Two cheetahs brought from southern Africa dies in India

The Indian government said on Monday two of 20 cheetahs brought from southern Africa have died, but the rest are well.
FILE PHOTO: A cheetah looks on after being sedated, before being flown with eleven others from South Africa to India under an agreement between the two governments to introduce the African cats to the South Asian country over the next decade, at Rooiberg veterinary facility, Limpopo province, South Africa, February 17, 2023.
FILE PHOTO: A cheetah looks on after being sedated, before being flown with eleven others from South Africa to India under an agreement between the two governments to introduce the African cats to the South Asian country over the next decade, at Rooiberg veterinary facility, Limpopo province, South Africa, February 17, 2023. REUTERS/Siphiwe Sibeko/File Photo

NEW DELHI (Reuters) - Two of 20 cheetahs brought from southern Africa to India to re-establish the species in the country have died this year but the rest are well, the government said on Monday, although it said the unprecedented project had its challenges.

The cheetahs were moved to central India's Kuno National Park in September and February in the initial phase of a plan to revive the species that disappeared from the country 70 years ago.

The deaths raised concerns about the effort that Prime Minister Narendra Modi has championed, but that some conservationists have called a "vanity project" that overlooks the fact the African cheetah is not native to South Asia.

The sub-species is similar to but distinct from the critically endangered Asiatic cheetah now only found in Iran.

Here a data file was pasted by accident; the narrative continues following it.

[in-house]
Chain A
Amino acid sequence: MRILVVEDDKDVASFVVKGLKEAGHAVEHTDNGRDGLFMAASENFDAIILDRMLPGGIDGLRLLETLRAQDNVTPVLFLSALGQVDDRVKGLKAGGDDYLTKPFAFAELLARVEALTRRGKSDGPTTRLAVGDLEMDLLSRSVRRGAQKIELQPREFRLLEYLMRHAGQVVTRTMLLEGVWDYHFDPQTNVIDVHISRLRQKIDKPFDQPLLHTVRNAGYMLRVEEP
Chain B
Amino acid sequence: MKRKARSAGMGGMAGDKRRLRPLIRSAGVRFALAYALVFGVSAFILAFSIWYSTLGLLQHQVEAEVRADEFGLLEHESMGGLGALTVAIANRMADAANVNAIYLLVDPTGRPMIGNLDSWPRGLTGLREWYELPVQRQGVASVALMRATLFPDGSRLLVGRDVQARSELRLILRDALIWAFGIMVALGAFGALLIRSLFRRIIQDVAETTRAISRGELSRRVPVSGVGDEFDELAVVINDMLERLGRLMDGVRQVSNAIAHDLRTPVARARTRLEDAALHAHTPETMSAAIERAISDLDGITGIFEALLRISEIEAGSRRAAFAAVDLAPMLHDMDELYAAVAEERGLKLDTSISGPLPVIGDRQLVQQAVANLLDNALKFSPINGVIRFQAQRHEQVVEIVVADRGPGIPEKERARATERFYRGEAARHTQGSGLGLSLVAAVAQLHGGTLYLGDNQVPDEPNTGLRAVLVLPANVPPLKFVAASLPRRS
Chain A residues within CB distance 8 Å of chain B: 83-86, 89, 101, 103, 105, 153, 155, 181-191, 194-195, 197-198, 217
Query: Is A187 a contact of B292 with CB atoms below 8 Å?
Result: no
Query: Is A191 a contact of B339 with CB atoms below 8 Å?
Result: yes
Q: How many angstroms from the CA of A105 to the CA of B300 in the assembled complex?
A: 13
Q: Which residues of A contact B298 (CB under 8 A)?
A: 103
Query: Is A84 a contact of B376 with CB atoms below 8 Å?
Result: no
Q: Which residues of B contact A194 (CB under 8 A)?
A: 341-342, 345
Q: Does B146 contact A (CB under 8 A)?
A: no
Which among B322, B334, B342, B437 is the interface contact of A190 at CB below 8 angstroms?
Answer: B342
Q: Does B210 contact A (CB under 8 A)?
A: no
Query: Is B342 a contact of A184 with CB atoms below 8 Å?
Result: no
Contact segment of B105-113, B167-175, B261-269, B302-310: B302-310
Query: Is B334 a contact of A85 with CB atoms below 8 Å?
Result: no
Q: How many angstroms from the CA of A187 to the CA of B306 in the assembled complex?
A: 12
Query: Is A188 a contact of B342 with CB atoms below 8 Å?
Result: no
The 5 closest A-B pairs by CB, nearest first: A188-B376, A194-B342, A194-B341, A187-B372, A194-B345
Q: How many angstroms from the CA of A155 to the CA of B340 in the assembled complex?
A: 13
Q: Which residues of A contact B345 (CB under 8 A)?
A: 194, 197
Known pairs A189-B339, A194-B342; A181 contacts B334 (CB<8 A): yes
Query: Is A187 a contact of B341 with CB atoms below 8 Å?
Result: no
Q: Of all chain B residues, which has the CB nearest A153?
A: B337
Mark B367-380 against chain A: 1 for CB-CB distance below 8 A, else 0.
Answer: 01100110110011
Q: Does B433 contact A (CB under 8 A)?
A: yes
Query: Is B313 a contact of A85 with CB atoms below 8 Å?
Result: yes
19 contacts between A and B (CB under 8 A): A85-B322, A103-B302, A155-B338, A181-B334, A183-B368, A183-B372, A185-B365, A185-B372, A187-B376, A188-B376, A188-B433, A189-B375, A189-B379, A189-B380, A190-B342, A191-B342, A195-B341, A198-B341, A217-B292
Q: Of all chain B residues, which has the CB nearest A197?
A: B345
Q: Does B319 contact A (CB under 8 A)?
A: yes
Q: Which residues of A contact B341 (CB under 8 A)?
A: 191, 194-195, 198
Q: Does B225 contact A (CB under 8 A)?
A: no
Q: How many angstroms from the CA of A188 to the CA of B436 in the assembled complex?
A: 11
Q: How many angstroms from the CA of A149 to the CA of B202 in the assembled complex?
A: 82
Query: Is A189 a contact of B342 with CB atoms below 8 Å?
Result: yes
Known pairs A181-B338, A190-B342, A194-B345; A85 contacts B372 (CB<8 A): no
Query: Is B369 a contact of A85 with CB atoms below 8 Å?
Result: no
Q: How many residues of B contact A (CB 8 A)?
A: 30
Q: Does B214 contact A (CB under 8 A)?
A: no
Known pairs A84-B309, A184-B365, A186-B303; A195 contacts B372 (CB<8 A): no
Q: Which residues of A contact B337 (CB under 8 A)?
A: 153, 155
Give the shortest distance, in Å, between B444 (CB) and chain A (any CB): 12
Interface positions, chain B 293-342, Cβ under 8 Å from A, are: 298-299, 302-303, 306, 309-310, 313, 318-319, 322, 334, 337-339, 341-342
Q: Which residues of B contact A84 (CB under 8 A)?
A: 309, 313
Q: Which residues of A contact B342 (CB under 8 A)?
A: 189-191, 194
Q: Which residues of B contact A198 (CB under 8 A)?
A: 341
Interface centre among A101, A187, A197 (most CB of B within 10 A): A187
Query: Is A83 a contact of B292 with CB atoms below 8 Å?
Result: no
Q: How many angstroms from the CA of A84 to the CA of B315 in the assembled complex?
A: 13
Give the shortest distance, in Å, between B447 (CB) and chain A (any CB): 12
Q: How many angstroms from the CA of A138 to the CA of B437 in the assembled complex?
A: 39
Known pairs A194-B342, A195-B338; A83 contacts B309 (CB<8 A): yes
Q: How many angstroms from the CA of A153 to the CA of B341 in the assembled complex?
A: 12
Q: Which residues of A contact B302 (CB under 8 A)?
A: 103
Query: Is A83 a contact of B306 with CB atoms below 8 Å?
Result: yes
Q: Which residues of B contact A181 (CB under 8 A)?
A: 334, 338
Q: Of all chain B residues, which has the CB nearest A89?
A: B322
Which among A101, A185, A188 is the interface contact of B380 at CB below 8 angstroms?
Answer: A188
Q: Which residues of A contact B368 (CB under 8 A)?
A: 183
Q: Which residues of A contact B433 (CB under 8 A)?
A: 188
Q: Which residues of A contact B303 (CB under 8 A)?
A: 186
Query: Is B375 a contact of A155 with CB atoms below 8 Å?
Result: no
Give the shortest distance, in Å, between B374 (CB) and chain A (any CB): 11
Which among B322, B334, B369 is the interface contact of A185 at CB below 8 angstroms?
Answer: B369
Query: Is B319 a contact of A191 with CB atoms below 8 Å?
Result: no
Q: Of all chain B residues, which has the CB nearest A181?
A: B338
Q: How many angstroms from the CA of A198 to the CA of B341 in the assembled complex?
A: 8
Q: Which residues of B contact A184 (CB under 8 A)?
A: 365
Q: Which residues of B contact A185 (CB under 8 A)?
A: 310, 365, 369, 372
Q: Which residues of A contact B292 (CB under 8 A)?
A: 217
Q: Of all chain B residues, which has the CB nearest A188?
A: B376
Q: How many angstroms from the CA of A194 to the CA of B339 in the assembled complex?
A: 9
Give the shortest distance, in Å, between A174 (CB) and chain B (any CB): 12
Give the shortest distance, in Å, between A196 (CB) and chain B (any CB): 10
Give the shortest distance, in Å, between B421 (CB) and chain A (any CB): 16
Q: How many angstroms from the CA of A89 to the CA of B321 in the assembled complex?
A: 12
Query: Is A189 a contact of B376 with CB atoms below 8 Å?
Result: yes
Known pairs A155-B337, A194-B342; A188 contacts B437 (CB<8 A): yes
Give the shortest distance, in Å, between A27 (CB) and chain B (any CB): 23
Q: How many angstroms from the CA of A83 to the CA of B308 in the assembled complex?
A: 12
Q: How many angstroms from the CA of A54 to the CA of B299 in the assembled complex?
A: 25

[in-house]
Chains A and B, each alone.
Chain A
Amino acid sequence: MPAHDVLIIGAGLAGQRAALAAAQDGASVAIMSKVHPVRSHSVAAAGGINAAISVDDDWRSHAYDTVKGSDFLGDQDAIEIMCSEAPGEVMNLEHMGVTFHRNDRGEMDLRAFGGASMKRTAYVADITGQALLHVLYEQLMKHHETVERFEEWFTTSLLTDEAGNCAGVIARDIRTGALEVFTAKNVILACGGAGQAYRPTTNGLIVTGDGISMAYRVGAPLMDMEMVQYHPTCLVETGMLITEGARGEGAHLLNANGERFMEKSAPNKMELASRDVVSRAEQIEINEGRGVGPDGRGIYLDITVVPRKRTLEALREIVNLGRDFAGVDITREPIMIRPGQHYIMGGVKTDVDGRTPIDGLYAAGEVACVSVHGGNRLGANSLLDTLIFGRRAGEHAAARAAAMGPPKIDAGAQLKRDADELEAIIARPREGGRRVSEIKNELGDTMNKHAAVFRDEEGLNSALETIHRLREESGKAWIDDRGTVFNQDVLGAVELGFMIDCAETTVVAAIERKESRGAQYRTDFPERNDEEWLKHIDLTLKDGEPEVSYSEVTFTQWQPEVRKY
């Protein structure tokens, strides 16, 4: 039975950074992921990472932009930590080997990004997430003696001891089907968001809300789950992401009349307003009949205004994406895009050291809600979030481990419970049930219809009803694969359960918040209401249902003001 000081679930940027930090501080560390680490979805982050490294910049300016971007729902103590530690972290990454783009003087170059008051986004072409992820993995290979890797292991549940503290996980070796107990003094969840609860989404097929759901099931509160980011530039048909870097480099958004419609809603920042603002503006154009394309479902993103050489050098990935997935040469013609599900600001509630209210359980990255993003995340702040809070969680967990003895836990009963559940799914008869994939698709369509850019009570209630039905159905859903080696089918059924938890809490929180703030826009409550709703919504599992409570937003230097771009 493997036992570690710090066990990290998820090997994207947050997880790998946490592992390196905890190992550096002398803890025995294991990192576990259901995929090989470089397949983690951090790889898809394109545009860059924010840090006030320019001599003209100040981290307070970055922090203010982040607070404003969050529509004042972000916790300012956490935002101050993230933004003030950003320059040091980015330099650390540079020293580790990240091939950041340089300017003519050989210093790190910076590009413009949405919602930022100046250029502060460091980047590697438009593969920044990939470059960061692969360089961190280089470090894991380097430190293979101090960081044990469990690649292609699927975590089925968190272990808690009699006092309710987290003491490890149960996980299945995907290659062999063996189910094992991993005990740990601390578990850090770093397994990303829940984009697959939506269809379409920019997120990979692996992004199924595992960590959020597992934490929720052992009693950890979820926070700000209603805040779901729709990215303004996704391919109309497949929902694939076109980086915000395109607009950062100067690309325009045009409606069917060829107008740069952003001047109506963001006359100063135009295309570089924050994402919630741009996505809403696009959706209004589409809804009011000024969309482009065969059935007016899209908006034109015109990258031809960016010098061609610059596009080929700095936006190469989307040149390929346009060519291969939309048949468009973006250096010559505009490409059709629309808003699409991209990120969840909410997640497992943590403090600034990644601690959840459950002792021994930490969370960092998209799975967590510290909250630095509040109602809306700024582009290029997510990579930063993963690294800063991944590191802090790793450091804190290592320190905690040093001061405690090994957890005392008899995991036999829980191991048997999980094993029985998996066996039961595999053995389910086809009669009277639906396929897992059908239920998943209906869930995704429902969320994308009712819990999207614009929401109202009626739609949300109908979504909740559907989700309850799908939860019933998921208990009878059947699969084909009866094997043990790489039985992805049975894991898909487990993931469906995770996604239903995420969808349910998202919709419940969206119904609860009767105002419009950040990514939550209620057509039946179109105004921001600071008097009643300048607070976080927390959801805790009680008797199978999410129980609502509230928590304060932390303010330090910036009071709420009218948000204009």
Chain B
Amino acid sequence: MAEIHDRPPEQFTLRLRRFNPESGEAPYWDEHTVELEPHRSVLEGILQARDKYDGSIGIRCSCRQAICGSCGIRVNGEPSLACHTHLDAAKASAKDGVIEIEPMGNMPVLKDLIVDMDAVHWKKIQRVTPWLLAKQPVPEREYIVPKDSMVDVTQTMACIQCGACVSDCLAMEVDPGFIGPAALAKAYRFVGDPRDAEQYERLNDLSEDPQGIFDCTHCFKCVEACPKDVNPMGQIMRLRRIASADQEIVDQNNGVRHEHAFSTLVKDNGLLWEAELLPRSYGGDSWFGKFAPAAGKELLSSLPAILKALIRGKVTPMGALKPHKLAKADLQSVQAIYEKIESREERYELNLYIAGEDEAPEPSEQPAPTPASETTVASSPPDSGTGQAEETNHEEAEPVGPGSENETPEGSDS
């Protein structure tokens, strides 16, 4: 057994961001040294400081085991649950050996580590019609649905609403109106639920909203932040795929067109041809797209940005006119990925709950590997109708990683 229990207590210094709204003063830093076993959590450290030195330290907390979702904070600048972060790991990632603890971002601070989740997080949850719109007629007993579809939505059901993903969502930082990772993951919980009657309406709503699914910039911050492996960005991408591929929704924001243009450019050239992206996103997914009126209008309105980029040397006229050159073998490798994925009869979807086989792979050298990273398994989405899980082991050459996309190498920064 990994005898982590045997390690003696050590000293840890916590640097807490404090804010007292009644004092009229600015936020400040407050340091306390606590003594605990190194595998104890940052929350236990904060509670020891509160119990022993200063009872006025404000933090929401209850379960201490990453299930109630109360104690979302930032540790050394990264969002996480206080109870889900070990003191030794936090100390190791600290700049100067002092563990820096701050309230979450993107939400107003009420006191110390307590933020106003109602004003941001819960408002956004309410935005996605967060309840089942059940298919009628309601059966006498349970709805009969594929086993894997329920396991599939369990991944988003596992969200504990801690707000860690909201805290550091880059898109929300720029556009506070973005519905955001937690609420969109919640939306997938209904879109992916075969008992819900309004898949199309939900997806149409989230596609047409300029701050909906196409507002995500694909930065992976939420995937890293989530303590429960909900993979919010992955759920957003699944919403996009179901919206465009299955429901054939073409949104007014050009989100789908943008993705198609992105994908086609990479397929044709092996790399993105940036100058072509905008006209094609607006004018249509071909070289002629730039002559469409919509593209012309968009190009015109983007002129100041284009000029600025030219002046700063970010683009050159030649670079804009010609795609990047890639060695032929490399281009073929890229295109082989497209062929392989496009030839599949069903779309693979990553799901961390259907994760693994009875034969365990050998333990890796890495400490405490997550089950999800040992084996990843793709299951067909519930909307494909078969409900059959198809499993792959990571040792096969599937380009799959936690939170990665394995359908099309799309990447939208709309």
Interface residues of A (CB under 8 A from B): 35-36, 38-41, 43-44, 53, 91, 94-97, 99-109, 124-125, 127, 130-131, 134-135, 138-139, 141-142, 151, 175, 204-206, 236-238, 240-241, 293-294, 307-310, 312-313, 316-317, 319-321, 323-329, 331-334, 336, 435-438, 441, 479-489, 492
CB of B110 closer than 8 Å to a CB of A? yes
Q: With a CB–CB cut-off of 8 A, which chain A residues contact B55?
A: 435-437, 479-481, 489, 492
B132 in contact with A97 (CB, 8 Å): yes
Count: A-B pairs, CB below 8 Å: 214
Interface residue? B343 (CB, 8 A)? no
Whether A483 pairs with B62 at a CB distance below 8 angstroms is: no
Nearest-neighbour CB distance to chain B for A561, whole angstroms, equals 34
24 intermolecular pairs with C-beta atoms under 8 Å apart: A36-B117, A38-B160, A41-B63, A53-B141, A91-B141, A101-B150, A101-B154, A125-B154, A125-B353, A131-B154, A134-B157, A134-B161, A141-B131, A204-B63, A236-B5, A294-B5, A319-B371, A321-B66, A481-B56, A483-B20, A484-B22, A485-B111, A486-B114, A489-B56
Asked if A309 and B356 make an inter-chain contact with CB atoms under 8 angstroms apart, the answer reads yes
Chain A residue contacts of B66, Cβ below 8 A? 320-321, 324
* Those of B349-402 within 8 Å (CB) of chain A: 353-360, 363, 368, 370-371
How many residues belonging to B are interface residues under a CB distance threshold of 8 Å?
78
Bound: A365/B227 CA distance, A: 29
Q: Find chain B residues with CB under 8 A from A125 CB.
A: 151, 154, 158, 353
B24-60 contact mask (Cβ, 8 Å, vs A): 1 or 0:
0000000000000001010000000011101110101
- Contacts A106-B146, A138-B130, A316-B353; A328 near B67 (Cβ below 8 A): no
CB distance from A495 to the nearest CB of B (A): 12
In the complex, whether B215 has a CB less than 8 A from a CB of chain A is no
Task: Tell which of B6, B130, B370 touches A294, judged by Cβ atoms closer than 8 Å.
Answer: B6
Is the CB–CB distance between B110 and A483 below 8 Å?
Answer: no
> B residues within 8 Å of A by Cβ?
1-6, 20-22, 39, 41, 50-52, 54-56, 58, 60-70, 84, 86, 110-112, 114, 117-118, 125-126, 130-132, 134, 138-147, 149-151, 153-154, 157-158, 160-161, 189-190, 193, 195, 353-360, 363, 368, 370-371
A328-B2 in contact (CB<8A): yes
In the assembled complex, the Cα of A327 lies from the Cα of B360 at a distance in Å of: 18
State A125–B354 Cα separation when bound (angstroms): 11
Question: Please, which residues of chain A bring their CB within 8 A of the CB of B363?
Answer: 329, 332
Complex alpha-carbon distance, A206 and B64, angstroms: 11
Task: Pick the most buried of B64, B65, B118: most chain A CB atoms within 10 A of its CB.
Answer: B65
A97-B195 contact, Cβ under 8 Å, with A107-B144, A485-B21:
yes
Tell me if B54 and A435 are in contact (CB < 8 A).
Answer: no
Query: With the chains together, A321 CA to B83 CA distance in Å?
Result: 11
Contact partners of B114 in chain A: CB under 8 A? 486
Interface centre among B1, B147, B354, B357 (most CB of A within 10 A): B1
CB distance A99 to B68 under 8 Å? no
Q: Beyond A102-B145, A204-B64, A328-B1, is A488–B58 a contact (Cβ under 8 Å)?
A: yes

The government said a six-year-old female cheetah from Namibia became ill in late January and died in March, after suffering from chronic renal insufficiency.

An adult male of unknown age from South Africa developed acute neuromuscular symptoms in late April and died, just over a week after he was released from his quarantine camp into a larger acclimatisation camp.

FILE PHOTO: Rajendra Garawad, deputy inspector general of Forest, National Tiger Conservation, inspects a sedated cheetah, before being flown with eleven others from South Africa to India under an agreement between the two governments to introduce the African cats to the South Asian country over the next decade, at Rooiberg veterinary facility, Limpopo province, South Africa, February 17, 2023.
FILE PHOTO: Rajendra Garawad, deputy inspector general of Forest, National Tiger Conservation, inspects a sedated cheetah, before being flown with eleven others from South Africa to India under an agreement between the two governments to introduce the African cats to the South Asian country over the next decade, at Rooiberg veterinary facility, Limpopo province, South Africa, February 17, 2023. REUTERS/Siphiwe Sibeko/File Photo

"The other cheetahs have been closely monitored and none of them has shown any similar symptoms," the Ministry of Environment, Forest and Climate Change said in a statement.

"They all appear to be perfectly healthy, are hunting for themselves and displaying other natural behaviours."

The ministry said a team of experts from South Africa and India visited the park in Madhya Pradesh state on April 30 and submitted a report to it on the way ahead.

"It is not surprising that a project of this magnitude and complexity would face many challenges," the ministry said. "This is the first intercontinental re-introduction of a wild, large carnivore species and therefore there is no comparable historical precedent."

(Reporting by Krishna N. Das; editing by Barbara Lewis)

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